Books

Write it, publish it

Go on, self-publish that book. Photo: Shaju John   | Photo Credit: Shaju John

All of us believe that we have something important to tell the world, but the idea of writing a book and publishing it sounds insane because, let us face it, what are the odds of a rookie author getting a book contract from a traditional publisher? Several years ago, first-time authors would have just given up their dreams. But, not anymore.

With the explosion of information technology, the publishing industry is being radically altered. As technology shrinks the world, you can put together a book as good as a traditional publisher.

Sanjay Maradi, a senior consultant for an IT company, wanted to write a book about how CEOs need CIOs more than ever. Maradi was tipped off by his friend (who wrote a book about IT outsourcing) about the restrictive atmosphere that an author has to negotiate in the world of publishing. “He had to be content with whatever he was provided with and be grateful for it. When I asked him why his book cover wasn’t good, he replied that he was given only two options and he had to pick one. If you are not a known name, that’s what you get. His experiences were enough for me to go at it alone,” he says.

While it took him three years to conceptualise and write the content, he knew that taking the traditional route wasn’t the way forward. He decided to try the world of self-publishing.

A space for writers

Once the decision was made, he did some research on the platforms offering self-publishing facilities. He found Naveen who, along with his two other friends, ran the self-publishing site, notionpress.com. This is a site which, from the looks of it, promises to make publishing easier and simpler than buying a movie ticket.

“When my friend (Bhargav) and I wanted to publish a technical book and approached traditional publishers, we were met with rejections. They didn’t want to do it because the content catered to a niche audience. We then started exploring the options for self-publishing and created our own publishing platform,” says Naveen, CEO of Notion Press.

Self-publishing is completely pro-author. Since the capital (and the risk that comes with it) is borne by the authors themselves, they have complete control over the content, publishing and marketing. In Maradi’s case, he roped in an editor from Australia, got a good designer to design the book cover and completed the book. Here comes the best part — self-published books allow the author to alter the content after the book is on sale.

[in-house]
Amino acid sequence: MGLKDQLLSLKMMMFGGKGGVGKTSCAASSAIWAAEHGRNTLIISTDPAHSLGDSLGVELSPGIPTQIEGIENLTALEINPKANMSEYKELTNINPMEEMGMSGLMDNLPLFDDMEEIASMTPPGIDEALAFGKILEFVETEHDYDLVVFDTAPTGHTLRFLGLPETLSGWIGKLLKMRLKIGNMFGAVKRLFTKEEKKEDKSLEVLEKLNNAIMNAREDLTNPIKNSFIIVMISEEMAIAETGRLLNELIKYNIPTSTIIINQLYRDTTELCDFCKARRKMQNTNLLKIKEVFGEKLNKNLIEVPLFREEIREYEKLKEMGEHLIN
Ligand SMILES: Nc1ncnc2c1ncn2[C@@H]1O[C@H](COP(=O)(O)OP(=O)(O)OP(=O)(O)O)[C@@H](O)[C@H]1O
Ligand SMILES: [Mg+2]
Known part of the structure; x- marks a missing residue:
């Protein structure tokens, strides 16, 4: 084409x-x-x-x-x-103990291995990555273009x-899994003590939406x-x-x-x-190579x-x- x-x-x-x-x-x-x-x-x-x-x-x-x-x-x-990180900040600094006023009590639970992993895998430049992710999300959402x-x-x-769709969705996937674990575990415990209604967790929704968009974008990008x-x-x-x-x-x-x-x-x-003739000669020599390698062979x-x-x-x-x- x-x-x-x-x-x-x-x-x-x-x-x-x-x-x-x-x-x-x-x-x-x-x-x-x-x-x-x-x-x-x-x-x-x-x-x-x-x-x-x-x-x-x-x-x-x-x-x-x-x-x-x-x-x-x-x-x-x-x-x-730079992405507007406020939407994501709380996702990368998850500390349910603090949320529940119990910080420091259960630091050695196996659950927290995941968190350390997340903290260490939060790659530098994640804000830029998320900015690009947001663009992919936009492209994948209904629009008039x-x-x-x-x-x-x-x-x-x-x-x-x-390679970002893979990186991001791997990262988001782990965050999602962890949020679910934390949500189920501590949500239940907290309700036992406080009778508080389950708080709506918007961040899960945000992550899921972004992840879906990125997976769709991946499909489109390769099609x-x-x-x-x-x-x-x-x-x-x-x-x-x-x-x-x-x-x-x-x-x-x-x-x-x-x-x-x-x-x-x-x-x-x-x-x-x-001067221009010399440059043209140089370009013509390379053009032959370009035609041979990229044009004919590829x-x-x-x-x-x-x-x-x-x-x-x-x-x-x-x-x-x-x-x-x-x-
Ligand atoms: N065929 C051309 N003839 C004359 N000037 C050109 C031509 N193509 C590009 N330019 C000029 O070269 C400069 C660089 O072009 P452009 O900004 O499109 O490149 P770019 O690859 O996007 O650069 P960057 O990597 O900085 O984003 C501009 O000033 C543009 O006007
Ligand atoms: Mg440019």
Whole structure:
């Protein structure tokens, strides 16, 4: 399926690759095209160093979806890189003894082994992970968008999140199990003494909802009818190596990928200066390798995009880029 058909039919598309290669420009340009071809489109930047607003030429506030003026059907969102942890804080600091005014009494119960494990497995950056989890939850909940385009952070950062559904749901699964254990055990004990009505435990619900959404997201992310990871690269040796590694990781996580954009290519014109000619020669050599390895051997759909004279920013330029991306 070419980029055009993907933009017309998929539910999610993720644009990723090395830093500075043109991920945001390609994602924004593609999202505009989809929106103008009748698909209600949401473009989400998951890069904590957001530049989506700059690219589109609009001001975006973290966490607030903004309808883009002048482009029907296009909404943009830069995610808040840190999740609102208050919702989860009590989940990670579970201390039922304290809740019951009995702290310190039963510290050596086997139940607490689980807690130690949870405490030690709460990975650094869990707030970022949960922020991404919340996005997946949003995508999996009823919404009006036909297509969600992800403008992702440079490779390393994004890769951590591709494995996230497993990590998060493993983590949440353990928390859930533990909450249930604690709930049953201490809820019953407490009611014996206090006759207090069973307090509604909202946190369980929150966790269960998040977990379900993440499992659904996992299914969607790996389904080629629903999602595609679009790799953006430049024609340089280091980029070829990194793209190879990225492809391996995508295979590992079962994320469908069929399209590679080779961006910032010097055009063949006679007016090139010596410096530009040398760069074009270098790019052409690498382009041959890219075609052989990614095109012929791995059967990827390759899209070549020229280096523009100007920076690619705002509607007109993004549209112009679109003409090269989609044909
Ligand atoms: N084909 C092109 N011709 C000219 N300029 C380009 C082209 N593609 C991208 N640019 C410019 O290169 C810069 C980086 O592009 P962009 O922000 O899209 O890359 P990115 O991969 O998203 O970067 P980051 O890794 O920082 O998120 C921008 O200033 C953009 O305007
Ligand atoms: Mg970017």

How does this work? Self-published books are typically printed on demand. That is, if someone buys your book, it is printed and then shipped. Otherwise, only a digital version is uploaded. The advantage is that the book, based on feedback, can be reworked and replaced. “A CEO reviewed my book and gave me a few suggestions. I re-wrote some portions and replaced the old copy with the new one,” says Sanjay.

Many publishing houses, including Penguin Books, have co-opted self-publishing. But it has its own disadvantages. While a book lover wouldn’t want to spend money on a self-published book, the authors cannot, in most cases, match marketing budgets set aside by big publishing houses. Without support, the authors won’t be in a position to plan their book properly — without a good editor or a book designer, the book is likely to go south.

Here to stay

Despite this, publishers claim that self-publishing is a reality that will not go away. “Self-publishing is here to stay. It allows the author to sidestep the entire process of convincing the publisher of his/her book’s value. Also, traditional publishers are sometime hesitant to take risks. Self-publishing is the best bet for authors whose books may not conform to or suit the evaluation norms of publishing houses,” says Sandhya Sridhar, founder of Pageturn Publisher that publishes Indian romance novels.

Interestingly, two of the best selling books in recent times, The Immortals Of Meluha and 50 Fifty Shades Of Grey were self-published books, which were later picked up by traditional publishing houses.

Gautham Padmanabhan, CEO of Westland Publishers, is of the opinion that the impact of self-publishing will only be positive. Instead of making the traditional publishers obsolete, it will make the whole ecosystem of publishing more interesting. “While there is no doubt that self-publishing provides more freedom for the author who does not have to worry about the commercial potential of the book, we also need to understand that self-published authors have to depend on traditional publishing houses to reach the masses,” he says.

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Printable version | Nov 21, 2020 2:22:05 PM | https://www.thehindu.com/books/write-it-publish-it/article5325572.ece

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